The Culture Ministry of Colombia said on Wednesday that 19 native languages in the country are at serious risk of extinction and five others are almost disappearing.
The Tinigua is the most vulnerable language because it has only one speaker who lives in the department of Meta, followed by the Nonuya with three speakers and the Carijona, the Pisamira, and the Totoro with no more than 50 speakers apiece.
Leader of the Kogi indigenous community Jose Flores told Xinhua that this phenomenon was very difficult to control due to the continuous forced displacement of indigenous communities to the cities amid armed conflict.
“It is very sad that we can not be able to pass our language and culture to new generations, but here in this city it is very complicated. The kids are embarrassed to speak their language, but we want to teach it,” Flores said.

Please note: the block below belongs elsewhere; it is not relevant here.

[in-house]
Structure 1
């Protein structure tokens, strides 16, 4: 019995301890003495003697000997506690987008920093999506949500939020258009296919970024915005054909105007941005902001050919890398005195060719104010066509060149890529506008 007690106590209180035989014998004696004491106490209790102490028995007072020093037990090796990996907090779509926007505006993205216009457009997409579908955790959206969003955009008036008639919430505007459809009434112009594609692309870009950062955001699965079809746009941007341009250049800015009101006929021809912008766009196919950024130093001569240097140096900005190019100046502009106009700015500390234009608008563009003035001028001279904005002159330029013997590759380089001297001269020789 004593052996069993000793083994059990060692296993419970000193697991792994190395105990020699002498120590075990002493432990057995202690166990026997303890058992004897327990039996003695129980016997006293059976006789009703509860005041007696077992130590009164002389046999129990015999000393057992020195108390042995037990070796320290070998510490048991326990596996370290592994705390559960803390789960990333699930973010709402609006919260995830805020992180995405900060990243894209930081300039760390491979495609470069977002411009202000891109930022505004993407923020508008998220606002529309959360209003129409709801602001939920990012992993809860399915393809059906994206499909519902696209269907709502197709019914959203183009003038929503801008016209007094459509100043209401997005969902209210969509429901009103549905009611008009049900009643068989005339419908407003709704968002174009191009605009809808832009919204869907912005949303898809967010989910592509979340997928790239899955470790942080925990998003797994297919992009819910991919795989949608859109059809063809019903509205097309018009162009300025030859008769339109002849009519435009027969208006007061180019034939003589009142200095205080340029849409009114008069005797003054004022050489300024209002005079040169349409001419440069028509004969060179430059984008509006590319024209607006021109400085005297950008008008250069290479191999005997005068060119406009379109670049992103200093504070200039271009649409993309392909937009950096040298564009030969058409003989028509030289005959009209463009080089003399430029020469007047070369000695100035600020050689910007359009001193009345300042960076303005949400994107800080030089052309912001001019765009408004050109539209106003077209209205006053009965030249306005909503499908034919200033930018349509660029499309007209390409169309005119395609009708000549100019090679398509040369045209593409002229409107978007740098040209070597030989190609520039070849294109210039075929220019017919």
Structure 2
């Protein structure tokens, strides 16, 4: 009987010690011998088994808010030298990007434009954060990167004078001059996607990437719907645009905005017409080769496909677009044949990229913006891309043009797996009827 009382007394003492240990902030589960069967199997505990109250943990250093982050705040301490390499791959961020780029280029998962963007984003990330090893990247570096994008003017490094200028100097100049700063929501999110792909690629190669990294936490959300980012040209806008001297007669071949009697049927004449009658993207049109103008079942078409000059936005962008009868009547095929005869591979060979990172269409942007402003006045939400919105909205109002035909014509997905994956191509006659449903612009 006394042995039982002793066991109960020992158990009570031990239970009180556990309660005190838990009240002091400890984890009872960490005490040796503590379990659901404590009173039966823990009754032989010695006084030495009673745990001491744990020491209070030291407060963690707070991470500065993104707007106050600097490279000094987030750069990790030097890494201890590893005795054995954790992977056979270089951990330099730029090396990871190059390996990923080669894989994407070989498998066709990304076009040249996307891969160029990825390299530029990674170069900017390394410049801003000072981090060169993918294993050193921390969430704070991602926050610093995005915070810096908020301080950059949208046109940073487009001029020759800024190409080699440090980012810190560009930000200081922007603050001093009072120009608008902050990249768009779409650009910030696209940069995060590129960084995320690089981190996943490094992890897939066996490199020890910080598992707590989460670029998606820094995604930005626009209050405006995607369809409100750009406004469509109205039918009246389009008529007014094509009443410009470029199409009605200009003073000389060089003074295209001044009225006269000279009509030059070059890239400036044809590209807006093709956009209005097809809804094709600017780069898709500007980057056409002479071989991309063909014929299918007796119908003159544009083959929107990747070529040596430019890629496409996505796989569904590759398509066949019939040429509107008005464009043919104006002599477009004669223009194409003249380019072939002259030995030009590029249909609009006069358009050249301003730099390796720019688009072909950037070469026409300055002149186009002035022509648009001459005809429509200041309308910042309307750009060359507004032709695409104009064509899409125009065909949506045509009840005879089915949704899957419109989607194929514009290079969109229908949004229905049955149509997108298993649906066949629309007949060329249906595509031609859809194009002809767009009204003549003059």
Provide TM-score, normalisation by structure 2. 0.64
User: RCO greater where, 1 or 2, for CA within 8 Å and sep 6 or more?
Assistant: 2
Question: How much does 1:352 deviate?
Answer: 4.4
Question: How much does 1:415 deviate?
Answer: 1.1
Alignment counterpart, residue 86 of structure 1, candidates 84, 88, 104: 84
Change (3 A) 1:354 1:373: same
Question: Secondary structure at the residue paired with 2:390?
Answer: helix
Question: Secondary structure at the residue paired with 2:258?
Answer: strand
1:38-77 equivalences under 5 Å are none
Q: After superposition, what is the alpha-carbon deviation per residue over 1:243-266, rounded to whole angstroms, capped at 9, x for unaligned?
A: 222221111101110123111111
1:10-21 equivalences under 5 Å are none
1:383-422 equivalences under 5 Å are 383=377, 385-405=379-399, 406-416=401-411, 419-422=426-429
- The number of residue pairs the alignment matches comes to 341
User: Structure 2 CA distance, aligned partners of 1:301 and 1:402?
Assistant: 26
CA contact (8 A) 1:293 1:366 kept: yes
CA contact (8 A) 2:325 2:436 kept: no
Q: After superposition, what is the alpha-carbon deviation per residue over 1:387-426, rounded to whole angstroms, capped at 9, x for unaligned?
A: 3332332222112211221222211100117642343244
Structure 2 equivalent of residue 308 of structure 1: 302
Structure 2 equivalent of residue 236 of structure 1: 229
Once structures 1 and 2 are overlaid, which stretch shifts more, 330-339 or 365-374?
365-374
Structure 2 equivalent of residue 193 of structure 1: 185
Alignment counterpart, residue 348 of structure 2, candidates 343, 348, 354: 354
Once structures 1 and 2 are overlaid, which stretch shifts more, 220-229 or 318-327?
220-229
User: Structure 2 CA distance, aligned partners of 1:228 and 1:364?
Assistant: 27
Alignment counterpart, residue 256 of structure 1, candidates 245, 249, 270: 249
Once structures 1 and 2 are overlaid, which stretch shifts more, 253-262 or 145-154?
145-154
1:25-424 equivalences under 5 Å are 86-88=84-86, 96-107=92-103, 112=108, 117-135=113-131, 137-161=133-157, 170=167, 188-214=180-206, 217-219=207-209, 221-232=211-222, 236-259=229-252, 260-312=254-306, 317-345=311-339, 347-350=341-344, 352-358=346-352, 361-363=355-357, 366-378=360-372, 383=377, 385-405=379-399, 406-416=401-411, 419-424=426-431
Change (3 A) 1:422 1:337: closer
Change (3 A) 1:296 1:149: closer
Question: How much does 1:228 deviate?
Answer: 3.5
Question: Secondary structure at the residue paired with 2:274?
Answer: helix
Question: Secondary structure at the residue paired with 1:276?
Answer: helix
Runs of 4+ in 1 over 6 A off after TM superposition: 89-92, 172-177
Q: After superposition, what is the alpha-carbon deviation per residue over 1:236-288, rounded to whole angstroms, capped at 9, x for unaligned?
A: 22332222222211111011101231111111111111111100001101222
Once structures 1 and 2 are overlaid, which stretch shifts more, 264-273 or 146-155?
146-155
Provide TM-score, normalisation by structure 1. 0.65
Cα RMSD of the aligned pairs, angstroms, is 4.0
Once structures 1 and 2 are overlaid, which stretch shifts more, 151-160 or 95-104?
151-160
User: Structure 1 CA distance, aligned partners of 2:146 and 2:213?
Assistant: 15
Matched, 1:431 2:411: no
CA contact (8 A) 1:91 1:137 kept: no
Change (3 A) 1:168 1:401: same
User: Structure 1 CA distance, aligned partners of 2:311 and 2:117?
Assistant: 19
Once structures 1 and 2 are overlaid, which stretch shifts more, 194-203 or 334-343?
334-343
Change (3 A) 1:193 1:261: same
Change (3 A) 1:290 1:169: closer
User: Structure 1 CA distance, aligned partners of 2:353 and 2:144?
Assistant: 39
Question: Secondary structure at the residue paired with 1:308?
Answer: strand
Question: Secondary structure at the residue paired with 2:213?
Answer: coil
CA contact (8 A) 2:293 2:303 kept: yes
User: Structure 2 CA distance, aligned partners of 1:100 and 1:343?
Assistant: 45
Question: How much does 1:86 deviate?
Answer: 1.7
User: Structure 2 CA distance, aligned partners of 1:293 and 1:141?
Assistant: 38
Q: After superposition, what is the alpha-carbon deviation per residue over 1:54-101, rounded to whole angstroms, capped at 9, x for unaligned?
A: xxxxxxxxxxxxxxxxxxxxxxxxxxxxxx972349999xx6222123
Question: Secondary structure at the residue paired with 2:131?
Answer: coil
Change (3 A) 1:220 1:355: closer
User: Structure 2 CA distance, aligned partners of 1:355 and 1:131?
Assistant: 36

Meanwhile, the Ministry of Culture, through its Program for Protection of the Ethno linguistic Diversity (PPDE), seeks strategies to save the extinction of languages which contain all the history and culture of these communities.
“They are the result of adaptation of human groups who entered the country over the past 15 to 20 thousand years and represent, therefore, a cultural, spiritual and a priceless memory for Colombians,” the Ministry said in a statement.
In Colombia, there are 65 indigenous-American languages and two Creole languages developed by communities of African descents in San Basilio de Palenque, Bolivar, and the islands of San Andres and Providencia.
In addition to these native languages, there is the “Romani” language from the gypsies which has Indo-European origins and it is now spoken by at least 6,000 people in Colombia.
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